• 2008 to 2010: Google made the search engine faster. They launched Google Suggest in 2004 and integrated it into the main search page. In 2010, they launched Google Instant and Google Instant Previews.
  • In 2011: Google launched the Google Panda update, a major algorithm overhaul focused on website quality and content relevancy. They announced that they’ll continue updating the algorithm.
  • September 2014: They launched Panda 4.1, whose stated goal was to crack down on spam, scrapers, content farms, and websites with high ad-to-content ratios.
  • In 2012: They launched the Penguin update. It focused on webspam and link quality.
  • In 2012: They integrated Google Knowledge Graph into the search engine. That was a major breakthrough in semantic search and allowed Google to understand user intent better.
  • In 2013: Google Hummingbird was released. This update changed how Google interprets, and processes search queries, making it better at understanding natural language queries and dealing with more complex searches.
  • 2014 onward: Google Pigeon update. This major local search algorithm update focused on improving the relevancy and accuracy of local search results.
  • In 2015: Google RankBrain was released (26th October 2015). That is a machine learning algorithm that helps Google better understand user queries and the intent behind them.
  • 21st April 2015: Mobilegeddon update. That major algorithm update heavily impacted websites not optimised for mobile devices.
  • April 2019: De-indexing bug. Google reported a bug in their indexing system, causing some pages to be de-indexed.
  • 11th April: Google writes that the de-indexing issue has been fully resolved.
  • 9th December 2019: BERT Update. The algorithm update focused on improving how Google understands natural language queries.
  • In 2021: Vicinity Update. This update focuses on understanding the user’s physical location and delivering more relevant local search results.
  • 2022 (25th May): The Core Update. The update mostly affected news and media publishers, especially generalist sites.

#12. The Importance of Ranking on the First Page

Users hardly click past the first page of search results when looking for something online. Studies show that only 0.63% of users click on the second page of Google.

This CTR report is consistent across all industries, making it a priority for businesses to strive to rank on the first page of Google. The higher you rank in the SERP, the more likely people will click on your listing.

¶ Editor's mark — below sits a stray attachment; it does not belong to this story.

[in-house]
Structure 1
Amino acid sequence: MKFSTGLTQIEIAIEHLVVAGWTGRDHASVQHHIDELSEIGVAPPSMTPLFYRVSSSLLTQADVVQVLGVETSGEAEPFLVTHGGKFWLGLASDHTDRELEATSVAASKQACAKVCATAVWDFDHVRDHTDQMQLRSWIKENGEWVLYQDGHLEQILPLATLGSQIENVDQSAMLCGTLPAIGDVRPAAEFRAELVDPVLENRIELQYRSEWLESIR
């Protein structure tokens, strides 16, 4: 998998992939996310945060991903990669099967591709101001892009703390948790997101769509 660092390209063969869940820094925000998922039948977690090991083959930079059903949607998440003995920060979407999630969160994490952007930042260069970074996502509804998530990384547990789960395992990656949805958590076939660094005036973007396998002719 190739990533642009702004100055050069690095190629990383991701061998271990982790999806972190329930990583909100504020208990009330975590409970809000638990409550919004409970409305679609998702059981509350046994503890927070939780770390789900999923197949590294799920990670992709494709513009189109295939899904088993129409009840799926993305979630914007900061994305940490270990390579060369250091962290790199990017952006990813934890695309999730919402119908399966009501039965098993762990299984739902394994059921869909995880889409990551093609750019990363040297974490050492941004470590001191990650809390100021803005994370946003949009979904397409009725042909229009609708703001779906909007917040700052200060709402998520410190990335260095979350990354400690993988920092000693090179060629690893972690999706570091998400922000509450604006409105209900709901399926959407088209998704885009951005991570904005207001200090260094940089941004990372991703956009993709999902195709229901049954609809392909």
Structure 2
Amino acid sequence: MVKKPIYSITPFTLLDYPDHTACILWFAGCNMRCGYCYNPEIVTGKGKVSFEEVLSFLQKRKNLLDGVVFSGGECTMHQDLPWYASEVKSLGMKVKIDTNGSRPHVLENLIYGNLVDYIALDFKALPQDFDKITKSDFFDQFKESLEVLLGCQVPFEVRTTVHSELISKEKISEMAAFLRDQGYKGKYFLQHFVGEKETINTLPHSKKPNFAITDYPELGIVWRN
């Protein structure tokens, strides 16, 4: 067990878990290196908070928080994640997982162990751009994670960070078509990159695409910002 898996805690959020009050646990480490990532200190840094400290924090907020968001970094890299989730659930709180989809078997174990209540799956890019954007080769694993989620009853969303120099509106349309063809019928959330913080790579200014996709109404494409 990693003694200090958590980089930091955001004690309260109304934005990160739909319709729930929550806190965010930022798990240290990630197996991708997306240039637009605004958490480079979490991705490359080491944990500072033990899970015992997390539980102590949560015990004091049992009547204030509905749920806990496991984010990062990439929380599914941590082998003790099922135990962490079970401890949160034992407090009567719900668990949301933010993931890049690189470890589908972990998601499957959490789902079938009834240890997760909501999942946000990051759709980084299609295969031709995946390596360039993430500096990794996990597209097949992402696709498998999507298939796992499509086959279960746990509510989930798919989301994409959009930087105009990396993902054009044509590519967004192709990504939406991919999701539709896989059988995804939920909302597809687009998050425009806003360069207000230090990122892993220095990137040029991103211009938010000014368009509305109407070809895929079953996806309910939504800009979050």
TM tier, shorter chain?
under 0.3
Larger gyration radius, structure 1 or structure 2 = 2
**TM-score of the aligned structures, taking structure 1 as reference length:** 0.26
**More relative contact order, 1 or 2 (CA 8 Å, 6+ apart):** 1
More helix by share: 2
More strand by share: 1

#13. Title Tags with a Length of 40 to 60 Have the Best CTR

What’s the ideal length of a title tag? Studies show that titles with 40 to 60 characters in length have the highest click-through rates. These titles give the searchers a clear idea of what they can expect from the page without taking up too much space.

The sweet spot for title tags is right in the middle, at around 50 characters.

  • 0 to 20 Characters — 27.9%
  • 20 to 40 Characters — 25.6%
  • 40 to 60 Characters — 33.3%
  • 60 to 80 Characters — 23.6%
  • 80+ Characters — 21.9%

The findings don’t change much when we look at title word count instead of character count. Titles with 6 to 9 words tend to get the highest CTRs.

  • 0 to 3 words — 18.8%
  • 3 to 6 words — 26.4%
  • 6 to 9 words — 33.5%
  • 9 to 12 words — 27.7%
  • 12+ words — 22.4%

While there might be some SEO benefits of having long title tags (longer titles = more keywords), this is offset by the decrease in CTR. So, aim for titles between 40 to 60 characters or 6 to 9 words long.

Etsy conducted a study on this in 2016 and found that short titles performed better than long ones. So, try to find the right balance between including keywords and having an engaging title that doesn’t take up too much space.

#14. How Many People Never Click on a Google Search Result?

Sadly, people don’t always click on a Google search result. Perhaps they found the answer they were looking for in the snippets, or maybe none of the results caught their attention.

Similarweb analysed 5.1 trillion Google searches and found that about 64.82 people don’t click on any search results.

That’s more zero clicks than organic and paid clicks combined.

The number of zero-click searches gets even bigger if you look at mobile searches (77.2%). In fact, the number of zero-click searches on mobile is almost double that on desktop.

Sparktoro Study Organic CTR Paid CTR Zero Clicks
All devices 33.59% 1.59% 64.82%
Desktop devices 50.75% 2.78% 46.48%
Mobile devices 21.99% 0.79% 77.22%

SEMrush also did a study on this. They analysed over 20,000 users and 450,000 search queries. The findings were also similar to those of Similarweb.

SEMrush Study Organic CTR Paid CTR Zero Clicks
Desktop Devices 45.1% 1.8% 53.2%
Mobile Devices 43.1% 0.02% 56.9%

What does This Mean? Google is keeping people on its website by making it easier for them to find the information they need without having to click through.